It's no secret that stocks in general -- and even run-of-the-mill dividend stocks -- are somewhat expensive right now. But for long-term, buy-to-hold investors, there's still no simpler way to amass wealth than purchasing shares of dividend payers and hold them for the long run -- reinvesting dividends all along.
As we enter the last month of 2014, three of our analysts are chiming in with three very different dividend paying stocks that they think are buys right now: PepsiCo (NASDAQ:PEP), Domino's Pizza (NYSE:DPZ), and National Oilwell Varco (NYSE:NOV). Read below to find out what makes these three stocks a buy right now, and at the end you'll have a chance to access a special free report with even more great dividend ideas.
Joe Tenebruso (Domino's Pizza): The pizza business is huge and growing larger. Research firm CHD Expert expects the U.S. pizza business to exceed $43 billion within the next decade. Yet it's a market that remains highly fragmented, with major chains having only about 40% market share. Among those chains, Domino's has significantly outgrown its competition: its 2009-2012 U.S. same-store sales rose 17%, compared to 7% for Papa Johns (NASDAQ:PZZA) and only 2% for Pizza Hut (NYSE:YUM). Since that time, Domino's same-store sales growth accelerated to 5.4% in 2013 and 7.7% in the third quarter of 2014.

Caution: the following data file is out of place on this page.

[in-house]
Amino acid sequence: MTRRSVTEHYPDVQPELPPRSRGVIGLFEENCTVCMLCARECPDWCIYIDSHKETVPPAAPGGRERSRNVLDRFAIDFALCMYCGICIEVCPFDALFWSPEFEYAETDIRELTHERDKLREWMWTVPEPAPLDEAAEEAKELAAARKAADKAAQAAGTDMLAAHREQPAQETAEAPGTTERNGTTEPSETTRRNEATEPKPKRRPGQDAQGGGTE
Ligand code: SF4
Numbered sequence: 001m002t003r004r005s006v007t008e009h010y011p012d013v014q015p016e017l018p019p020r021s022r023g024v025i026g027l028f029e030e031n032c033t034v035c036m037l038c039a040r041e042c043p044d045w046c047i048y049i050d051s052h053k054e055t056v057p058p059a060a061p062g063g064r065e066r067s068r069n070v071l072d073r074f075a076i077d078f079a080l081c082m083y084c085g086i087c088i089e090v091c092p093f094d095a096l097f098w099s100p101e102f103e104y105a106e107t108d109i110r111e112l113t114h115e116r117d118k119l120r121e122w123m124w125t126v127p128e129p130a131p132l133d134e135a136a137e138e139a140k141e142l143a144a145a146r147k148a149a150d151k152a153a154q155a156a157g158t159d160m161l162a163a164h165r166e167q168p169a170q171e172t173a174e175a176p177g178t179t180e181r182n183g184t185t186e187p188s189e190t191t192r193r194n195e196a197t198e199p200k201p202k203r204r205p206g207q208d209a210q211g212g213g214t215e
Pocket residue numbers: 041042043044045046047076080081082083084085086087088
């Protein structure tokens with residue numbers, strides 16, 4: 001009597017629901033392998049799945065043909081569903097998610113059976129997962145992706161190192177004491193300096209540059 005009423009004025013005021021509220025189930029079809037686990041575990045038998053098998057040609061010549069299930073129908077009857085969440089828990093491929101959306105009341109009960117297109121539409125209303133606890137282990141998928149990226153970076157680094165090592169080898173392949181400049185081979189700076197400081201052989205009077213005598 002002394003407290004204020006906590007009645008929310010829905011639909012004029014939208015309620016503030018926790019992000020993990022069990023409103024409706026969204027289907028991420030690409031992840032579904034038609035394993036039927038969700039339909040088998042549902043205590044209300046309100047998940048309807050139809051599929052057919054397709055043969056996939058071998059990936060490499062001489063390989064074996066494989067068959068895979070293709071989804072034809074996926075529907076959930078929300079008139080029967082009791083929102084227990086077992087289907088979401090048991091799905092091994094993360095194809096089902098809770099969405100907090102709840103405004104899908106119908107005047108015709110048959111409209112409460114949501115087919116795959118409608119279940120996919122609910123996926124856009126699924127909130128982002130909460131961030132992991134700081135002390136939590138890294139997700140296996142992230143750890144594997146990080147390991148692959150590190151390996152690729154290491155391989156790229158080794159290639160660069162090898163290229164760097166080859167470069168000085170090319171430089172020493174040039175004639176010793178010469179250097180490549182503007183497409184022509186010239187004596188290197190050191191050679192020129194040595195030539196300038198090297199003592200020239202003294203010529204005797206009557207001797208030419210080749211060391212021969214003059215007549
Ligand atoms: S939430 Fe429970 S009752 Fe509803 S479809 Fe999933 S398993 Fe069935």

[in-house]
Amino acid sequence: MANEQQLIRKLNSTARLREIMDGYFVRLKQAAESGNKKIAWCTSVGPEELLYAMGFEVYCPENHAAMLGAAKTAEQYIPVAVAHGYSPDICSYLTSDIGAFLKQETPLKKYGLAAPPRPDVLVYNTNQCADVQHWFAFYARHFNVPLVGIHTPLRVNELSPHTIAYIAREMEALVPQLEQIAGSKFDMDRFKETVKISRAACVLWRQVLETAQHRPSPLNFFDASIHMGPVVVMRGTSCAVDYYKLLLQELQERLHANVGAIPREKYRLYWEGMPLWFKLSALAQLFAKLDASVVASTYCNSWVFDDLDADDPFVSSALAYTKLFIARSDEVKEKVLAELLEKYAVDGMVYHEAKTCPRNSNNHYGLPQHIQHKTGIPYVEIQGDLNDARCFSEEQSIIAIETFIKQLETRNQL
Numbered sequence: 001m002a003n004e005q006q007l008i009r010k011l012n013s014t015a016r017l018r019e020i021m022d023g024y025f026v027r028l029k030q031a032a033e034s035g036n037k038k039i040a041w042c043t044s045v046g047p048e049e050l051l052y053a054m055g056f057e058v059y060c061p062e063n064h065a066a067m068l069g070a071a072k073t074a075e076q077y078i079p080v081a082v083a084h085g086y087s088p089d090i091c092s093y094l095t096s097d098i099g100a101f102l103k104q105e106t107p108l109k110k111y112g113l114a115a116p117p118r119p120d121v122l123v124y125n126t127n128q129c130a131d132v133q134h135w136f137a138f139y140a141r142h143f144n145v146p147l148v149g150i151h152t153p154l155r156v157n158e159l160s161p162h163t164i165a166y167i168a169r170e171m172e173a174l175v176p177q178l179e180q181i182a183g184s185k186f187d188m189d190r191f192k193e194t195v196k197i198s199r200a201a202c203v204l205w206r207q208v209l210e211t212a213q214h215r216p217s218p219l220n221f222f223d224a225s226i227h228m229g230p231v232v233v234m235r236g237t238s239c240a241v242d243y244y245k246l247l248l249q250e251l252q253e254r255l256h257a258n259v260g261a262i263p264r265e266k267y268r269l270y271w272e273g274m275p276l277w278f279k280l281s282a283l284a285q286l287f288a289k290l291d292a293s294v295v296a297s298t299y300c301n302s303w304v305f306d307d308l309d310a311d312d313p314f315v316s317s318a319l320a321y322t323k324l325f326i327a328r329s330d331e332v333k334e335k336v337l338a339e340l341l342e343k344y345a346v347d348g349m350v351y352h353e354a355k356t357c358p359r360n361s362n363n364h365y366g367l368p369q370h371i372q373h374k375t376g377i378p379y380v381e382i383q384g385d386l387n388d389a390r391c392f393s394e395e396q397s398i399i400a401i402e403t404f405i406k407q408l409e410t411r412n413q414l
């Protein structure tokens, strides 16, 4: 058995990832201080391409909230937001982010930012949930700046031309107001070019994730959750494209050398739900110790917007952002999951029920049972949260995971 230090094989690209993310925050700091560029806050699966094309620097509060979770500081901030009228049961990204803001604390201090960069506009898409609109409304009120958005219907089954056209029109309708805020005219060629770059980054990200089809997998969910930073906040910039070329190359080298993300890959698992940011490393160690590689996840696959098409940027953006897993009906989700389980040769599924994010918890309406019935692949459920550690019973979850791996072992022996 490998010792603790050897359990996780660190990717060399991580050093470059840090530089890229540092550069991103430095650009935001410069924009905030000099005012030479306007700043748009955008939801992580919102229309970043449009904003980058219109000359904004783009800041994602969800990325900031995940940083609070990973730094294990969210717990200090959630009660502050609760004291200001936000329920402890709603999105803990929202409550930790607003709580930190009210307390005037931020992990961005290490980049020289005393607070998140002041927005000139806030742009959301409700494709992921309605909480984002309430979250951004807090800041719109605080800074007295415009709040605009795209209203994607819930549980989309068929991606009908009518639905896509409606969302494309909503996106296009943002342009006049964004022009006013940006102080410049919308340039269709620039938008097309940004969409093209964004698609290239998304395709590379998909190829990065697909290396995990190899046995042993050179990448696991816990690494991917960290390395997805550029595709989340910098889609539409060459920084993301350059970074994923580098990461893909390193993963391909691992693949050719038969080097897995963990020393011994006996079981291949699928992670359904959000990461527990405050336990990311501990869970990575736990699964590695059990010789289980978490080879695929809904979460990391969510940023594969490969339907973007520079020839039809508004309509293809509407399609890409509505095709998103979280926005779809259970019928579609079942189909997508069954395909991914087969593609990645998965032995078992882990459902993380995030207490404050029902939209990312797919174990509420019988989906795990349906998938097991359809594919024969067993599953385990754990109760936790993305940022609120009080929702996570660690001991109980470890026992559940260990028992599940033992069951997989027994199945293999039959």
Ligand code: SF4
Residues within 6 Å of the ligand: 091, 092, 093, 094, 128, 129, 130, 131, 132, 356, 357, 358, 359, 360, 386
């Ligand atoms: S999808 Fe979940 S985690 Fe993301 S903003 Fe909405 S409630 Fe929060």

Domino's is also growing its share of the delivery segment, from less than 19% in 2008 to 24% in 2013. But where Domino's really excels is in the digital pizza sales arena, where it earns more than 30% of U.S. consumer online and mobile app order spending.
An even larger opportunity awaits Domino's in international markets. Domino's estimates that pizza outside the U.S. is a $90 billion market that's growing at about 3% to 5%. Emerging markets such as India, Turkey, and Malaysia are really taking off for Domino's, but the pizza maker is also still growing at very healthy rates in more mature markets like the United Kingdom, Japan, Australia, South Korea, and Canada.
Longer term, management believes it can increase its global store units 4% to 6% annually with most of that coming out of the international markets. With international same-store sales surging 7.1% in the third quarter -- Domino's 83rd consecutive quarter of uninterrupted international same-store sales growth -- I believe management's goals are entirely attainable. And the more pizzas Domino's serves up around the world, the more dividends it can deliver to its shareholders.
Tamara Walsh (PepsiCo): Pepsi stands out as a top dividend stock to own in December for a number of reasons. For starters, Pepsi is a dividend aristocrat: it has increased its dividend annually for at least 25 years. In fact, the dividend has been bumped up for the past 42 consecutive years. The company is committed to creating shareholder value through dividends and share buybacks.
In fact, Pepsi is on track to return $8.7 billion to its stockholders in 2014 through higher dividends and share buybacks. The king of pop recently increased its dividend by 15% to $2.62 annually. The company should have no problem continuing to grow its dividend thanks in part to strong cash flow generated by its Frito-Lay business. As the world's largest snack food business by market share, Pepsi currently has 22 brands that each pull in annual sales north of $1 billion.